Chinda is overjoyed. He laughs, puts the other half of the agreed amount in the pocket of his blue shirt fluttering in the wind, which he has not changed during the entire trip, and shakes his head: “Crazy”, he chuckles again and again, “totally crazy, har, har, har.”

We’re not sure who he means. Us or him.

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783 kilometers with the tuk tuk – a mad trip over 4 days, for which the driver demanded an outrageous 1000 euros, but was negotiated down to 500 euros.

Interesting facts about tuk tuks. In many Asian countries, three-wheeled taxis are part of the street scene. The Thailand Tuk Tuk, a one-off manufactured in Bangkok since the mid-1960s, has achieved worldwide fame through feature films and postcards. Around 7,500 tuk tuks are registered in Thailand’s capital, of which 4,000 to 5,000 are in daily use. Only two percent of the drivers are owners at the same time. Most of them rent their vehicles (350400 Baht / day in BKK, 150-200 Baht / day in Chaing Mai) from large companies organized like forwarders. The crude mix of motorcycle at the front and car at the back provides an adventurous transport experience that you should definitely experience once despite various hazard warnings in relevant travel guides. First rule: negotiate the price BEFORE you start your journey. Those who don’t care about the feeling should get into an air-conditioned taxi cab, especially in Bangkok – it’s often even cheaper than the tuk tuk. Prospective buyers have to estimate around 80,000 baht (1,660 euros) for a roadworthy tuk tuk without registration. If you want to allow it for the taxi operation, you pay another 170,000 baht (3540 euros) fees to the state.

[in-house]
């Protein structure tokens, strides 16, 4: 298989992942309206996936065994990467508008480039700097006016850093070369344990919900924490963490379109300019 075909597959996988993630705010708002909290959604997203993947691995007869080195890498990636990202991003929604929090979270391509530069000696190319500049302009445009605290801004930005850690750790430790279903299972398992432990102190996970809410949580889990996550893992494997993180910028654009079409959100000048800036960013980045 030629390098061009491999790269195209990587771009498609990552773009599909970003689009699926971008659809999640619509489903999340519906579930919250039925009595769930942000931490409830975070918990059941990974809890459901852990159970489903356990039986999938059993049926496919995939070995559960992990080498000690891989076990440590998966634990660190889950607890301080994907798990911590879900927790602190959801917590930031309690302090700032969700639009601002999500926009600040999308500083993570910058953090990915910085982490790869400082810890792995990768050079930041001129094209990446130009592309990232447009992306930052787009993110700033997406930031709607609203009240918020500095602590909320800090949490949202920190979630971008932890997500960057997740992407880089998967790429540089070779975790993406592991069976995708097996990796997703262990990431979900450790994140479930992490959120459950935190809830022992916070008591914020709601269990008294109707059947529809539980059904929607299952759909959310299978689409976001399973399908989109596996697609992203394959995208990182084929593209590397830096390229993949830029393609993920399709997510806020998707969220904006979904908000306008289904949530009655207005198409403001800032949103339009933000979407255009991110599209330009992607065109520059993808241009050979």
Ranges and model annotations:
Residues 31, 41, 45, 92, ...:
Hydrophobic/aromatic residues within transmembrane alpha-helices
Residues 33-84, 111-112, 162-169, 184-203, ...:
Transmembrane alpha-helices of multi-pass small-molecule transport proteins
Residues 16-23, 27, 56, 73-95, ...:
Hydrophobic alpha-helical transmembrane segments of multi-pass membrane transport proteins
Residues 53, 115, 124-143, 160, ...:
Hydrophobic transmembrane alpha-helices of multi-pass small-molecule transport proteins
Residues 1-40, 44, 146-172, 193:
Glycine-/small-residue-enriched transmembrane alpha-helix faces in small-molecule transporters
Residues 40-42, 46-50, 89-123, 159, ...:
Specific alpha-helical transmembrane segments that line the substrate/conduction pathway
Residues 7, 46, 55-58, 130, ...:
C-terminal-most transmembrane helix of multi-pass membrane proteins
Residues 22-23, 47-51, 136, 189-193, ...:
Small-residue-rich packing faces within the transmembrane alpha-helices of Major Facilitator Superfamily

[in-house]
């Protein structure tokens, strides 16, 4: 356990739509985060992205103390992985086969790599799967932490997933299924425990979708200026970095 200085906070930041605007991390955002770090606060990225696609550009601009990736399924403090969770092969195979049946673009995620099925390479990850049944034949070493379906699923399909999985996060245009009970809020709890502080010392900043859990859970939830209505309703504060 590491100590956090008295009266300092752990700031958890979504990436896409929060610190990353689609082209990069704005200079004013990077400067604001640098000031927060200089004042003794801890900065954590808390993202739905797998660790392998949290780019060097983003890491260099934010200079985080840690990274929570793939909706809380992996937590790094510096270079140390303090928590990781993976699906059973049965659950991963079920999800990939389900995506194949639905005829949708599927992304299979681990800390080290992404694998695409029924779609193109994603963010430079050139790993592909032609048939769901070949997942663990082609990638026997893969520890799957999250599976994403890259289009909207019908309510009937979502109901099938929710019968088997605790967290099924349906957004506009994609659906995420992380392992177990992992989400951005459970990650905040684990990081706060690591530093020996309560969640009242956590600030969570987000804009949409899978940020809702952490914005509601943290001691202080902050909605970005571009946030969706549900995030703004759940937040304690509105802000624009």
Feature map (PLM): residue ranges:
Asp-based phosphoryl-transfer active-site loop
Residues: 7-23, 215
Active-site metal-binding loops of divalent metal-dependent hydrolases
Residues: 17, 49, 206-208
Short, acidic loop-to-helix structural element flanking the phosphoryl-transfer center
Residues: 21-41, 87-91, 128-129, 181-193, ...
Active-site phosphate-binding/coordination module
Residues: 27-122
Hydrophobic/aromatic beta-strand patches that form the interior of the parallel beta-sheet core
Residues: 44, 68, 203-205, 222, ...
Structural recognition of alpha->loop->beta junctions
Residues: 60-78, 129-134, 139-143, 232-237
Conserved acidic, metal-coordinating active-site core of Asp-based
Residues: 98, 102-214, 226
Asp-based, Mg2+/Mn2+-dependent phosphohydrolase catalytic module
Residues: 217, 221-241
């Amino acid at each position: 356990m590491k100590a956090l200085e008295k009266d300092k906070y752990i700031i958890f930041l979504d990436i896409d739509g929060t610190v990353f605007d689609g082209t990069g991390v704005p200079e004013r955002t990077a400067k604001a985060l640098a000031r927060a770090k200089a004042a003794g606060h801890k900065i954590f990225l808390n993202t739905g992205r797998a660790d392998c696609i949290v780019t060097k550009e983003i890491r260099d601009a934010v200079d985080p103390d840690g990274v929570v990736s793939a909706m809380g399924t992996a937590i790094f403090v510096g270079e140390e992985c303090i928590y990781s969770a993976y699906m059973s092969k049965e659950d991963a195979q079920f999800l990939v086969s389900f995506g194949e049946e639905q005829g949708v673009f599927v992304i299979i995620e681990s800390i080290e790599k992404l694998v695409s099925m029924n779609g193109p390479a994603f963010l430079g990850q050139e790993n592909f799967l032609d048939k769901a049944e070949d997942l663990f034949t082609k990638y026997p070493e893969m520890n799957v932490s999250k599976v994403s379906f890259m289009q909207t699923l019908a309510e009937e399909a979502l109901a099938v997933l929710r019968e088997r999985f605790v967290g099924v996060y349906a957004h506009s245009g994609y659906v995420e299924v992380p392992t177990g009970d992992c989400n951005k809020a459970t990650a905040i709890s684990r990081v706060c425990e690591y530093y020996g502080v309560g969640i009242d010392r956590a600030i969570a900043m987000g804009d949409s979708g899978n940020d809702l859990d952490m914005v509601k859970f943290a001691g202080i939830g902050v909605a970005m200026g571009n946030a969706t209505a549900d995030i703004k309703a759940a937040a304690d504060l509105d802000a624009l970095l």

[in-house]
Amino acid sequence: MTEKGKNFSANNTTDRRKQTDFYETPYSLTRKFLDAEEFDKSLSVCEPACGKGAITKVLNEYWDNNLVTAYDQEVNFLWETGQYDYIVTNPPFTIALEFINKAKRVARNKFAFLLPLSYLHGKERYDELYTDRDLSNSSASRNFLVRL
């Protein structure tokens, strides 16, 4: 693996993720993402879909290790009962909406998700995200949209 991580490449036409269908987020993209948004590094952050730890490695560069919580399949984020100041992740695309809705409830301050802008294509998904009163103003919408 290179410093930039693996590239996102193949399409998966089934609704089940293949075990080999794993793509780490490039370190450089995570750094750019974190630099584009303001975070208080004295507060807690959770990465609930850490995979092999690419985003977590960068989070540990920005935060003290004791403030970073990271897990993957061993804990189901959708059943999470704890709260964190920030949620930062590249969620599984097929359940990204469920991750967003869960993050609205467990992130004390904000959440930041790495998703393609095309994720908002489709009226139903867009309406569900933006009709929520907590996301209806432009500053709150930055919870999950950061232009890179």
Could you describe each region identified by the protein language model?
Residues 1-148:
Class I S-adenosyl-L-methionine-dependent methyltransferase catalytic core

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Brief information about Thailand